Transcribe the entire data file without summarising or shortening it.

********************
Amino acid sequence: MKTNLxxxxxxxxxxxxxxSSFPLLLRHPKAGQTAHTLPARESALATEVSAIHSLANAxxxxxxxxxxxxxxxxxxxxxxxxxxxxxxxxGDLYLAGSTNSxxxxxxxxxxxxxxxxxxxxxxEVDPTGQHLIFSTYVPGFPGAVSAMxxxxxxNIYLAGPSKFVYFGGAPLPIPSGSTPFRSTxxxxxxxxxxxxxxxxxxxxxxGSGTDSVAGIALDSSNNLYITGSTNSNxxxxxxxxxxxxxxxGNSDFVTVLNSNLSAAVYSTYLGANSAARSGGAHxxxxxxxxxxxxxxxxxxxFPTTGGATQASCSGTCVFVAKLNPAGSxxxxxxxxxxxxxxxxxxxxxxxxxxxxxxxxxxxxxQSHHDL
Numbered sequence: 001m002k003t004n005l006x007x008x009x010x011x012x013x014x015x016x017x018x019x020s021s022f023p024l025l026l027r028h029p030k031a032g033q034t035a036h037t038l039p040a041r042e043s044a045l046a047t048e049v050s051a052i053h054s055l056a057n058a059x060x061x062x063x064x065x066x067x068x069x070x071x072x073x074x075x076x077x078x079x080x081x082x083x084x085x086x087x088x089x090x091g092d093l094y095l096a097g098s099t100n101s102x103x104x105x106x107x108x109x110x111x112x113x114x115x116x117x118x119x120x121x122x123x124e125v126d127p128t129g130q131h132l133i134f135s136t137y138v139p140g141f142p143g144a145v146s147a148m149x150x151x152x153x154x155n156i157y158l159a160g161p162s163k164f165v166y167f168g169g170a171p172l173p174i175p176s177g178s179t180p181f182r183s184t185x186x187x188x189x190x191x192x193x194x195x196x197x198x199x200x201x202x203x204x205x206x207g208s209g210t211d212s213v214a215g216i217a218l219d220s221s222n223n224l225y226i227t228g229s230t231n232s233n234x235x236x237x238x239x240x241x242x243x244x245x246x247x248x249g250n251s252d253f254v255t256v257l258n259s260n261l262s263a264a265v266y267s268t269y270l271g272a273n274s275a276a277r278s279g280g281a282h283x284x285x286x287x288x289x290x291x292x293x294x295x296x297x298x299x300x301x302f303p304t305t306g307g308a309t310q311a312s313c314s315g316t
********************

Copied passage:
Amino acid sequence: MKTNLxxxxxxxxxxxxxxSSFPLLLRHPKAGQTAHTLPARESALATEVSAIHSLANAxxxxxxxxxxxxxxxxxxxxxxxxxxxxxxxxGDLYLAGSTNSxxxxxxxxxxxxxxxxxxxxxxEVDPTGQHLIFSTYVPGFPGAVSAMxxxxxxNIYLAGPSKFVYFGGAPLPIPSGSTPFRSTxxxxxxxxxxxxxxxxxxxxxxGSGTDSVAGIALDSSNNLYITGSTNSNxxxxxxxxxxxxxxxGNSDFVTVLNSNLSAAVYSTYLGANSAARSGGAHxxxxxxxxxxxxxxxxxxxFPTTGGATQASCSGTCVFVAKLNPAGSxxxxxxxxxxxxxxxxxxxxxxxxxxxxxxxxxxxxxQSHHDL
Numbered sequence: 001m002k003t004n005l006x007x008x009x010x011x012x013x014x015x016x017x018x019x020s021s022f023p024l025l026l027r028h029p030k031a032g033q034t035a036h037t038l039p040a041r042e043s044a045l046a047t048e049v050s051a052i053h054s055l056a057n058a059x060x061x062x063x064x065x066x067x068x069x070x071x072x073x074x075x076x077x078x079x080x081x082x083x084x085x086x087x088x089x090x091g092d093l094y095l096a097g098s099t100n101s102x103x104x105x106x107x108x109x110x111x112x113x114x115x116x117x118x119x120x121x122x123x124e125v126d127p128t129g130q131h132l133i134f135s136t137y138v139p140g141f142p143g144a145v146s147a148m149x150x151x152x153x154x155n156i157y158l159a160g161p162s163k164f165v166y167f168g169g170a171p172l173p174i175p176s177g178s179t180p181f182r183s184t185x186x187x188x189x190x191x192x193x194x195x196x197x198x199x200x201x202x203x204x205x206x207g208s209g210t211d212s213v214a215g216i217a218l219d220s221s222n223n224l225y226i227t228g229s230t231n232s233n234x235x236x237x238x239x240x241x242x243x244x245x246x247x248x249g250n251s252d253f254v255t256v257l258n259s260n261l262s263a264a265v266y267s268t269y270l271g272a273n274s275a276a277r278s279g280g281a282h283x284x285x286x287x288x289x290x291x292x293x294x295x296x297x298x299x300x301x302f303p304t305t306g307g308a309t310q311a312s313c314s315g316t